Editor’s Note: This essay first appeared in the recent Center of the American Experiment symposium entitled, Specifically, What Must We Do to Repair Our Culture of Massive Family Fragmentation? and has been reprinted here with permission.

When we speak of culture, many times we think of powerful top-down institutions: film production companies in Hollywood, advertising agencies on Madison Avenue, television networks in Manhattan. Those institutions are, indeed, powerful, but influencing the culture need not always come from the top down: It can also come from the bottom up, through social movements that begin in the peripheries. This is important to keep in mind when thinking about how we can repair the culture that is fueling family fragmentation.

One example of a bottom-up effort to strengthen the marriage culture is the “I Believe in Love Project,” where we serve as contributing editors. The Project centers on a website, http://www.ibelieveinlove.com, and invites ordinary young adults to share their stories about the journey to find and keep lifelong love. A single mother writes about what she is doing to date more intentionally and meet a good man whom she could eventually marry. A new father in a cohabiting relationship writes about his journey to overcome drug addiction and about why he wants to get married. A woman writes about how she and her husband overcame infidelity to find healing and hope in their marriage.

On the ground, local coordinators (like us) meet regularly with writers to discuss posts, which become opportunities to build friendships and discuss mindsets that are important as one prepares for, enters into, and sustains a marriage. We recently started a small group in which writers gather to share ideas, swap stories, and eat s’mores around a backyard bonfire.

The Project includes three aspects that we believe could be adapted to other initiatives that seek to influence culture.

Personal empowerment. Among Americans ages 25 to 34, 51 percent have married and 61 percent of those never married say that they want to get married. Among the never-married, only 4 percent say that they don’t want to get married, while 34 percent are not sure if they want to get married.

It’s good news that most young Americans want to marry, and for the significant minority of those who are unsure, who is best suited to reach them? Someone preaching from on high about the virtues of marriage and touting its economic benefits? (In our experience, young adults very much dislike it when adults tell them that getting married is the “financially responsible thing to do”—they believe you should get married for love, not money.)

No, what might make the most difference are opportunities for Millennials to speak for themselves about marriage to their peers. The young man who had children outside of marriage but eventually married the mother of his daughters can make a more persuasive case about why marriage matters to an ambivalent peer than we can. The young woman who wants to get married but is confronting her anxieties about marriage can share her journey with her unmarried peers. Their stories of overcoming fears and difficulties and journeying toward marriage have the potential to play a small part in culture change from the bottom up.

Personal transformation. Our own interviews with working-class young adults revealed that many young people are suffering from the legacy of their own parents’ divorce and other childhood traumas, like abuse. Many also hold, to borrow from psychologist Carol Dweck’s terminology, a “fixed mindset” about love and happiness, rather than a “growth mindset.” Practically, this means that many young people believe that no longer feeling in love five years into a marriage is an indication that the couple should divorce, rather than seeing it as an opportunity for love to grow stronger.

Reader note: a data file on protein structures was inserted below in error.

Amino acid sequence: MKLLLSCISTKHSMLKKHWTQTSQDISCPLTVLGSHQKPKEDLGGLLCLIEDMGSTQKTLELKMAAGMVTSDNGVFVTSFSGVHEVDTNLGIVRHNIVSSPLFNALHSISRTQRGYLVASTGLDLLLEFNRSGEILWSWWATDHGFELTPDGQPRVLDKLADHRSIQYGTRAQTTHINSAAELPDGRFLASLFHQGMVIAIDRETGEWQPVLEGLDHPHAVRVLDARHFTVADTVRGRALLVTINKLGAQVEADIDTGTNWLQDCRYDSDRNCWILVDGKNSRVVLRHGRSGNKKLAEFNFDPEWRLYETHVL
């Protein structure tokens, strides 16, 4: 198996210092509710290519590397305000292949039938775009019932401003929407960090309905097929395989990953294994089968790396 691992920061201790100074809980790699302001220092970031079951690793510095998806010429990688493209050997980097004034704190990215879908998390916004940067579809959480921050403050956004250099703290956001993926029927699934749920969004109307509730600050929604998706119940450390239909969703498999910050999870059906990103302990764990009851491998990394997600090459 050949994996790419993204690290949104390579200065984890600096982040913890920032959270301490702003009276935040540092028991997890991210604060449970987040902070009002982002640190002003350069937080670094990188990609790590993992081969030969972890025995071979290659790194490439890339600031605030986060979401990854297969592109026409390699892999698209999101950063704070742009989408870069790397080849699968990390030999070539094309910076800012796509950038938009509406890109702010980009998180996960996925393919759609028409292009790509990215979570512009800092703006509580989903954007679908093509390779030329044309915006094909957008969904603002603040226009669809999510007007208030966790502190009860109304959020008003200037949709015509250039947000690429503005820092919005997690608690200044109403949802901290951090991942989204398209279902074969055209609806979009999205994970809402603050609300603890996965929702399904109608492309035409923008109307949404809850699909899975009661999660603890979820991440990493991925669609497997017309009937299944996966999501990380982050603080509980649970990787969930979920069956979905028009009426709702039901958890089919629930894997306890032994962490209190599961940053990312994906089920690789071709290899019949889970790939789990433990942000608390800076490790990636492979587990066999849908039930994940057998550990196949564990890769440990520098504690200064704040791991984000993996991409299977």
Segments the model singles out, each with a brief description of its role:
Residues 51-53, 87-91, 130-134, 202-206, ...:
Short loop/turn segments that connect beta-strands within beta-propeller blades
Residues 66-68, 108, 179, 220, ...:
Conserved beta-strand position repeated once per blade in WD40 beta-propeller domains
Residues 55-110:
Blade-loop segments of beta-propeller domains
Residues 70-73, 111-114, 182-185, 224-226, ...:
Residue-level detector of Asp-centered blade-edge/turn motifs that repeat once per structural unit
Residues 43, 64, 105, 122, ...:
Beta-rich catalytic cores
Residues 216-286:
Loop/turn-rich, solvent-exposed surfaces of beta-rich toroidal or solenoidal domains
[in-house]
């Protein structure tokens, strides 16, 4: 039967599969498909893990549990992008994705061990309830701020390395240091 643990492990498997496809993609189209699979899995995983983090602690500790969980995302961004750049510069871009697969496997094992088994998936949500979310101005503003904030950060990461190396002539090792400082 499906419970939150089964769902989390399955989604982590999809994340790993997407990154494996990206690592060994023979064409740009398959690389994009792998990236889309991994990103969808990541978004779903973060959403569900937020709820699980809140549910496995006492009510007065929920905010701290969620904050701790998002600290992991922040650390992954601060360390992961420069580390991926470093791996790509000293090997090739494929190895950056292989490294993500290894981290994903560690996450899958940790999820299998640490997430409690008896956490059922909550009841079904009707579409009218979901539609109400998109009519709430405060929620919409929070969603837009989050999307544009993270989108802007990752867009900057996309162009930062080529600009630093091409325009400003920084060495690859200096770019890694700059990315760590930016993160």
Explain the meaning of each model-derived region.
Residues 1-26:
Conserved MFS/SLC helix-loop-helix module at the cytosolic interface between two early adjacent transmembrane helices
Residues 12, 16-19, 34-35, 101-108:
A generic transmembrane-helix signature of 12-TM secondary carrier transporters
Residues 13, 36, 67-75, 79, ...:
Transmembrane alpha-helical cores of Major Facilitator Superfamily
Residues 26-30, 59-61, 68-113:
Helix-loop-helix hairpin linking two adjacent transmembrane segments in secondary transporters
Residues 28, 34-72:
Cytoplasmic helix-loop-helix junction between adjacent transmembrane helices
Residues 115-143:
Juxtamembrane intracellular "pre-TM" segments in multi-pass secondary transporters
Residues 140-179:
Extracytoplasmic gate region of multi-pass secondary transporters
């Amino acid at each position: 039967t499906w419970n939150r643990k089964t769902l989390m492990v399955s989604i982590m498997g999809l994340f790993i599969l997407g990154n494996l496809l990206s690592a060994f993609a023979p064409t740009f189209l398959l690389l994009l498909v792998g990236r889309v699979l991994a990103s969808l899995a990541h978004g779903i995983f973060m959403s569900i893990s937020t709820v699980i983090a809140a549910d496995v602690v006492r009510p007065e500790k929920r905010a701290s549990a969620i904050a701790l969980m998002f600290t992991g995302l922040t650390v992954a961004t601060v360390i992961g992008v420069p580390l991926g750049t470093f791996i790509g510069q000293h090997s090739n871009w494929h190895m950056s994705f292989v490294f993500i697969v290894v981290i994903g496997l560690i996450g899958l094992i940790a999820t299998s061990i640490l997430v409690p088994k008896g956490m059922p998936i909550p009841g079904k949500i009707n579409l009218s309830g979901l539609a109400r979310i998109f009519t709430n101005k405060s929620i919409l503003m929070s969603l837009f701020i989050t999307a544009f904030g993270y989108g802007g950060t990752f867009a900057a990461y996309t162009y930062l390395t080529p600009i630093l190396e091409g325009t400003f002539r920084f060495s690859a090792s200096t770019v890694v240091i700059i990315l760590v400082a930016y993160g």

Many young people are suffering from the legacy of their own parents’ divorce and other childhood traumas, like abuse.

That is why further education and healing are vital. With the “I Believe in Love Project,” we do this through inviting young people to reflect and write about big questions like, “What is love?” and “What is happiness?” and “What does dating with a purpose look like?” We also encourage writers to seek healing through professional help if they are struggling from trauma or mental health problems.

Intentional community. Bottom-up initiatives could take a cue from the research of psychologist Timothy Wilson: Sometimes the best way to address a social problem like family fragmentation is through indirection. He points out that some of the most effective teen pregnancy prevention programs are those in which volunteer service plays the main role and explicit sex education takes on a more minimal role.

Applying that insight to renewing a marriage culture, we could see how marriage education classes might be good—but so are gathering the neighbors for a bonfire, coming together to form a community garden, or creating a neighborhood childcare co-op so that working families who struggle to find reliable childcare can keep their jobs. These kinds of neighborly activities could be the organic outgrowth of people who gather around the common purpose of helping each other achieve their shared aspirations for thriving families.

In other words, efforts to renew a marriage culture need not only explicitly say something about marriage or mindsets, or remain in the abstract: When we babysit for a neighbor, or provide a meal for a new mother, or point an unemployed friend to a new job opening, we are doing what Peter Maurin described as building “a society where it is easier for people to be good.”